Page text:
Morning Glory - War Psalms

February 28, 2014 by Jason Schreurs

Released:
March 04, 2014 - Fat Wreck Chords

AP Rating:

Morning Glory’s third full-length is like a fist in the air; a rallying cry for the kind of “revolution rock” that New York punk scene vet Ezra Kire talks about in the album’s second song, “Standard Issue.” As ambitious as the band’s brand of spruced-up punk has been over the years, War Psalms is actually more of a straight-ahead album from the Manhattan band, Kire leaving the faux-hawk grandiosity of 2012’s Poets Were My Heroes behind. Not to say that this is three-chord punk rock—far from it—but War Psalms benefits from a shorter running time (37 minutes) and a cohesive sound throughout.

Early songs like “Natas Behind Me” and “I Am A Machine Gun” sound like later-era Propagandhi and A Wilhelm Scream fed through a coarse, street-punk filter. Kire’s knack for unpredictable songwriting gives the album staying power without being too chaotic or all over the place. Rhythm-driven tracks like “Nationality Anthem,” which is basically a version of Green Day’s “Holiday” a crust punk would want to hear, sandwich nicely between the metal-tinged riffing of heavier numbers like “I Want Control” and the more melodic, piano-penned numbers such as “Punx Not Dead, I Am.” (In fact, Kire’s newfound love for tinkling the ivories is all over this album; even some of the songs that don’t feature him playing piano were written on the instrument.) “Know Your Wrongs,” a five-minute-plus opus that opens with a heartstring-pulling piano run and Kire’s spit-laden, impassioned vocals, shows what Morning Glory are capable of: big, rambunctious rock songs with two feet firmly planted in the underground. Not many bands can pull off a song like this without sounding like goofballs.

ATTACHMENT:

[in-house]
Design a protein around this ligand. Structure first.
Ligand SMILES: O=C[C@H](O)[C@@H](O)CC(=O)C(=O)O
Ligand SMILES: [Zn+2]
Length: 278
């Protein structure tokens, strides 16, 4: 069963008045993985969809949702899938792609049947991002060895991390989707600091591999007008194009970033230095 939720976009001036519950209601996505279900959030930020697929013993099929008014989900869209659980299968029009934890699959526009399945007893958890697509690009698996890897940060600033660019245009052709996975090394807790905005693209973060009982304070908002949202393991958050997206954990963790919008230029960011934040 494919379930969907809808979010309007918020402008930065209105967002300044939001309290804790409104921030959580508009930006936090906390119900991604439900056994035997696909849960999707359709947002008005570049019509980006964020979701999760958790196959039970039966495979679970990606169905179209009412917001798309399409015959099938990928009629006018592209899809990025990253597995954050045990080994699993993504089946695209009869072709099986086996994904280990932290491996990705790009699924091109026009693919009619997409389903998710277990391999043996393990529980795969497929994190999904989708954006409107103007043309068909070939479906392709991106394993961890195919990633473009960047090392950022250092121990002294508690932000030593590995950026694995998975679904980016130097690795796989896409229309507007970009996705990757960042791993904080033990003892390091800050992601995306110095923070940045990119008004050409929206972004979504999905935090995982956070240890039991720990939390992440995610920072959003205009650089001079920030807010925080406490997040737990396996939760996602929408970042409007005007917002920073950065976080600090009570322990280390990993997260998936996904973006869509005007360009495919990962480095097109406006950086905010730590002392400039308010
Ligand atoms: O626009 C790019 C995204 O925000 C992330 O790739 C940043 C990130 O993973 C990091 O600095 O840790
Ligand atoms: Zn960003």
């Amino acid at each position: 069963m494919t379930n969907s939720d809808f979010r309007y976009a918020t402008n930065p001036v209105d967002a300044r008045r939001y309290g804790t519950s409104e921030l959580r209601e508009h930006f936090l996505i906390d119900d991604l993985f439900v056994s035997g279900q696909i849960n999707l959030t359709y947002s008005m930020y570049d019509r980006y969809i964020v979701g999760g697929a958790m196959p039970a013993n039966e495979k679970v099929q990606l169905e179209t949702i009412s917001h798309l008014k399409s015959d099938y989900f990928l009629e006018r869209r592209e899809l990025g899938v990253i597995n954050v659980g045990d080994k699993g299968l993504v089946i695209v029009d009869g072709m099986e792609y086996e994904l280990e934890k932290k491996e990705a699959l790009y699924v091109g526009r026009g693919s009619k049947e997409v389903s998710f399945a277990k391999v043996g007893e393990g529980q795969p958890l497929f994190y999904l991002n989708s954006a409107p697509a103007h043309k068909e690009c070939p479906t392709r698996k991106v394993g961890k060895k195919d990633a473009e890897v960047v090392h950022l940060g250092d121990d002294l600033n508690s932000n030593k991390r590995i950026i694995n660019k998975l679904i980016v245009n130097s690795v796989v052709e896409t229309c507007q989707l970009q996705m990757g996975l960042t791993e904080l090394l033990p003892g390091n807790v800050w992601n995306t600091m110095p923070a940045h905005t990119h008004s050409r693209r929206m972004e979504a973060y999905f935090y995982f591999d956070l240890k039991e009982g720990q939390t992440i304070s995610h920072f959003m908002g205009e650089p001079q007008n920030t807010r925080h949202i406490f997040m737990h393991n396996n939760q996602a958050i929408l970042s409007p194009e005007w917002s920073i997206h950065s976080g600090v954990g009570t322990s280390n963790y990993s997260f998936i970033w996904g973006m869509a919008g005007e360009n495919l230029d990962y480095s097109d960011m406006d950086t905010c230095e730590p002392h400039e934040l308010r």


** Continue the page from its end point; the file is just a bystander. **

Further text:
While we hope the eponymous cry-out in “War Dance” is a tribute to fellow New Yorkers and thrash metal legends Anthrax, who made the same rousing declaration in their song “Indians,” it’s more likely that Kire has tapped deep into the same infectious energy that the notorious ’90s mosh crew did. Because, after all, no matter what the style or genre of the music, it’s passion that drives its power, and War Psalms is brimming with it.

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